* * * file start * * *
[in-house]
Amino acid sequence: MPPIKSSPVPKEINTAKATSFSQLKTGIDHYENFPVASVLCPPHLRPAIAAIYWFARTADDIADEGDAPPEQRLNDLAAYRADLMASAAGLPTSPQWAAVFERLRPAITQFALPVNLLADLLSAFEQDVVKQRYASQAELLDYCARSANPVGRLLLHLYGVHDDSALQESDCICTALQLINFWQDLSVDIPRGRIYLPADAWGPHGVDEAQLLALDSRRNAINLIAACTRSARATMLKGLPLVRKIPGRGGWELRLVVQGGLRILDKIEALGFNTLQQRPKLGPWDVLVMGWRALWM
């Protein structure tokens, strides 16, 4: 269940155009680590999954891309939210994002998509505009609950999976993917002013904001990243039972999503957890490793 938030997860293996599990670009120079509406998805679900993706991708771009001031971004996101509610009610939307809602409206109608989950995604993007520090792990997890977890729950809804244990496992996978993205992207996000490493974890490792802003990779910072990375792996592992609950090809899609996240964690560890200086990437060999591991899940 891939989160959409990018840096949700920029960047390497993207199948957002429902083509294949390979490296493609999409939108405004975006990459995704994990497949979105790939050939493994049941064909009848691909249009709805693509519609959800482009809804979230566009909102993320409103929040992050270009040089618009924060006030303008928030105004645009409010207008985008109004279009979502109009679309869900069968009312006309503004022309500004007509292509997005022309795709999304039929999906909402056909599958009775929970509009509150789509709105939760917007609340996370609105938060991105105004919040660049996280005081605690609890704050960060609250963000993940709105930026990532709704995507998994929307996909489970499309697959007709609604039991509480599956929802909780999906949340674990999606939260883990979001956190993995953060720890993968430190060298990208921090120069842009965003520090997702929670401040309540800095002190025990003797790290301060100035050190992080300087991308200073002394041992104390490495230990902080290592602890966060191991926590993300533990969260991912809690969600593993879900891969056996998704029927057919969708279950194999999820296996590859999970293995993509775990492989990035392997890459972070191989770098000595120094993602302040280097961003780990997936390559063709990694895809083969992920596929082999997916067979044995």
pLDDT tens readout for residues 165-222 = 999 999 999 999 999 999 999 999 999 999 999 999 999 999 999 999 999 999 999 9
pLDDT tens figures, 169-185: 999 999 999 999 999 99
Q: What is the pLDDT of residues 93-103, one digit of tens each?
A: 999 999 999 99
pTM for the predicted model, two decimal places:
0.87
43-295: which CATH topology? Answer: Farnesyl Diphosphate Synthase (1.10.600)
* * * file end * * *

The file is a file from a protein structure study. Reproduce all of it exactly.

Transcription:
[in-house]
Amino acid sequence: MPPIKSSPVPKEINTAKATSFSQLKTGIDHYENFPVASVLCPPHLRPAIAAIYWFARTADDIADEGDAPPEQRLNDLAAYRADLMASAAGLPTSPQWAAVFERLRPAITQFALPVNLLADLLSAFEQDVVKQRYASQAELLDYCARSANPVGRLLLHLYGVHDDSALQESDCICTALQLINFWQDLSVDIPRGRIYLPADAWGPHGVDEAQLLALDSRRNAINLIAACTRSARATMLKGLPLVRKIPGRGGWELRLVVQGGLRILDKIEALGFNTLQQRPKLGPWDVLVMGWRALWM
């Protein structure tokens, strides 16, 4: 269940155009680590999954891309939210994002998509505009609950999976993917002013904001990243039972999503957890490793 938030997860293996599990670009120079509406998805679900993706991708771009001031971004996101509610009610939307809602409206109608989950995604993007520090792990997890977890729950809804244990496992996978993205992207996000490493974890490792802003990779910072990375792996592992609950090809899609996240964690560890200086990437060999591991899940 891939989160959409990018840096949700920029960047390497993207199948957002429902083509294949390979490296493609999409939108405004975006990459995704994990497949979105790939050939493994049941064909009848691909249009709805693509519609959800482009809804979230566009909102993320409103929040992050270009040089618009924060006030303008928030105004645009409010207008985008109004279009979502109009679309869900069968009312006309503004022309500004007509292509997005022309795709999304039929999906909402056909599958009775929970509009509150789509709105939760917007609340996370609105938060991105105004919040660049996280005081605690609890704050960060609250963000993940709105930026990532709704995507998994929307996909489970499309697959007709609604039991509480599956929802909780999906949340674990999606939260883990979001956190993995953060720890993968430190060298990208921090120069842009965003520090997702929670401040309540800095002190025990003797790290301060100035050190992080300087991308200073002394041992104390490495230990902080290592602890966060191991926590993300533990969260991912809690969600593993879900891969056996998704029927057919969708279950194999999820296996590859999970293995993509775990492989990035392997890459972070191989770098000595120094993602302040280097961003780990997936390559063709990694895809083969992920596929082999997916067979044995």
pLDDT tens readout for residues 165-222 = 999 999 999 999 999 999 999 999 999 999 999 999 999 999 999 999 999 999 999 9
pLDDT tens figures, 169-185: 999 999 999 999 999 99
Q: What is the pLDDT of residues 93-103, one digit of tens each?
A: 999 999 999 99
pTM for the predicted model, two decimal places:
0.87
43-295: which CATH topology? Answer: Farnesyl Diphosphate Synthase (1.10.600)